If you’re burning the candle from both ends, there’s no fire left for you.

We at Collier Home Care have seen many cases of caregiver burnout. We suggest you read the article below and give us a call if you think that you or someone close may be suffering from caregiver burnout. We provide some suggestions below on avoiding or controlling burnout and we are happy to consult with you and make suggestions without any commitment.

Call to action with a smiling senior woman, illustrating the benefits of home health care services.

If someone were to ask you to care for a loved one, what would you say? Yes? No?

Initially, the idea of caring for someone you love may seem normal, helpful, and relatively easy. How hard could it be? But, here’s the reality: over time, continuous care takes a toll.

Caregiver burnout, otherwise known as compassion fatigue, is a state of physical, emotional, and mental exhaustion. Caregiver burnout becomes a major issue when caregivers don’t take the time they need to fully recharge and care for themselves. It’s common for caregivers to feel guilty spending time on themselves rather than with ill or elderly loved ones, but as they continue to put the needs of others before their own, their ability to care for themselves and the people they work with becomes affected.

It’s also not uncommon for caregivers to work multiple jobs and offer care for different families. It’s easy to see how with a full schedule and the needs of their own family, a caregiver’s self-care ultimately takes a backseat.

According to VITAS, common signs of caregiver burnout include:

  • Lack of energy
  • Overwhelming fatigue
  • Trouble sleeping
  • Changes in eating habits
  • Weight loss or weight gain
  • Feelings of hopelessness
  • Losing interest in things you used to enjoy
  • Neglecting your own physical & emotional needs
  • Feeling as though caregiving is controlling your life
  • Becoming impatient, irritable, or argumentative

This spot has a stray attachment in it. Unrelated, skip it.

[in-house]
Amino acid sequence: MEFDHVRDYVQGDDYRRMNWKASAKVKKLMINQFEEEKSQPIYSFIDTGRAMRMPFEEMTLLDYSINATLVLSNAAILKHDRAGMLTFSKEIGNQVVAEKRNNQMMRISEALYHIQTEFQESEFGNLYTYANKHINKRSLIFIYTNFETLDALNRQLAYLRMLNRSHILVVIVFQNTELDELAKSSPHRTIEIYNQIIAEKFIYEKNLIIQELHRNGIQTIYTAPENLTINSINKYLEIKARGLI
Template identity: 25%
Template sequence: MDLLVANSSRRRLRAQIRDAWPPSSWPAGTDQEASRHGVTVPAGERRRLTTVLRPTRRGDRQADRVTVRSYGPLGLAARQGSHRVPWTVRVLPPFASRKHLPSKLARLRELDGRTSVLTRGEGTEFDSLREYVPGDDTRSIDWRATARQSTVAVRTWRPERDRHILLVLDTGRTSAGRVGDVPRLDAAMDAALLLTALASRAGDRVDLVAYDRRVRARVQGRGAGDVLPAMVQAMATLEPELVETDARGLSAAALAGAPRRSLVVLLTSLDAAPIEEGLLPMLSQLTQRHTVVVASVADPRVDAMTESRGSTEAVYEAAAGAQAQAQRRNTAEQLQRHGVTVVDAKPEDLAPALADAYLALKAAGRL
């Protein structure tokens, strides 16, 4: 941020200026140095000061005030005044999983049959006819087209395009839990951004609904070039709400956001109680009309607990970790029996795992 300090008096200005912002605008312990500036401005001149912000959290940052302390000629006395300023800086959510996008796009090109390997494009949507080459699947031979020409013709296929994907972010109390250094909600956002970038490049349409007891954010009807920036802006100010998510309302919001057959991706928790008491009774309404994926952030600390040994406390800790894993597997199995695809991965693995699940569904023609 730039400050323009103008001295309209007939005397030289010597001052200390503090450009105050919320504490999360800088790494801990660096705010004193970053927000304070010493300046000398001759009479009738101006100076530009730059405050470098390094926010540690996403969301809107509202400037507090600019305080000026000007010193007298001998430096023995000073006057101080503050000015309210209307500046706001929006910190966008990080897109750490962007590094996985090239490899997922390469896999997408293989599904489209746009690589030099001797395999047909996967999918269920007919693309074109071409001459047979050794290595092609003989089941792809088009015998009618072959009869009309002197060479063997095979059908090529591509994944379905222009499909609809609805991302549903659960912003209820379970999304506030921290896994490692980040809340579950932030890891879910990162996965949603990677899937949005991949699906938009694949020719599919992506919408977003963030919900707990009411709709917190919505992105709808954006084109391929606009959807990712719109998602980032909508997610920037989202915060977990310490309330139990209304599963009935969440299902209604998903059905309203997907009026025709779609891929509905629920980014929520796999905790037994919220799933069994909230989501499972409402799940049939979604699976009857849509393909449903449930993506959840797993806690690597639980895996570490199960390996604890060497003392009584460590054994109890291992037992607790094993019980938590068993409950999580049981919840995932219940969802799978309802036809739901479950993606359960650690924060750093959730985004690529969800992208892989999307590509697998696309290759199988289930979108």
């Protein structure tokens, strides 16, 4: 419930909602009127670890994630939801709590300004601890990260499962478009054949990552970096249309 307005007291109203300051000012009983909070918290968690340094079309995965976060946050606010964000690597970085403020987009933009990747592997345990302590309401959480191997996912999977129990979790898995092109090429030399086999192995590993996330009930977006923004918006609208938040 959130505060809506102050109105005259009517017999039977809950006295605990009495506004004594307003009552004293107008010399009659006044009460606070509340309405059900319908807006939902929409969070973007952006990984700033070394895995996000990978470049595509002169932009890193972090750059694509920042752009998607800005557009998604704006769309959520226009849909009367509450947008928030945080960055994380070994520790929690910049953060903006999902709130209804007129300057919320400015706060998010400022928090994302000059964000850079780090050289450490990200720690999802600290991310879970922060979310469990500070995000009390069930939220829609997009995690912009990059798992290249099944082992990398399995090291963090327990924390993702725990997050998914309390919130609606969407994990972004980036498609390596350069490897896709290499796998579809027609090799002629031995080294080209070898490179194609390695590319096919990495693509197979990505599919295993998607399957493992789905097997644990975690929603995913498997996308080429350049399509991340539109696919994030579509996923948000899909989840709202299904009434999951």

• Anxiety about the future
  • Depression or mood swings

Do any of these sound or feel familiar? If they do, here are five ways caregivers can avoid burnout:

  1. Ask for help and take people up on it. Asking for help does not make you a bad caregiver. Let go of the idea that one person has to do it all. We’re meant to rest, recharge our batteries, and enjoy a break from work at the end of the day. When people say they want to lend a hand, let them.
  2. Delegate tasks to others. Whether it’s cooking dinner twice a week for you or following through and arriving on-time, let people know how they can show up for you.
  3. Stay invested in your own well-being. Eating healthy, staying active, and getting enough sleep are the basic foundations of well-being. They’re also the building blocks of your immune system, which is important so you can stay healthy and avoid getting sick.
  4. Pamper yourself when you can. Caregiving is tough work. Make an opportunity to wind down at the end of the day with a long bath, or put a massage on your calendar. Take time for yourself by writing in a journal, praying, or meditating. Find what connects you back to your center and stay faithful to those practices.
  5. Know when it’s time to call in the professionals. Oftentimes, home care agencies get called in when caregivers reach a breaking point, but with home care it doesn’t have to be all or nothing. We’re flexible. Depending on what you need, we offer between one and 24 hours of service, plus live-in care.

If someone you know is exhibiting signs of caregiver burnout, please share these ideas with them. If you know of someone who could use a hand (or if that’s you), please give Collier Home Care a call at (239) 920-3902 or contact us here.

It continues to be our pleasure to care for you, your family, and your loved ones.

Please stay healthy and stay well!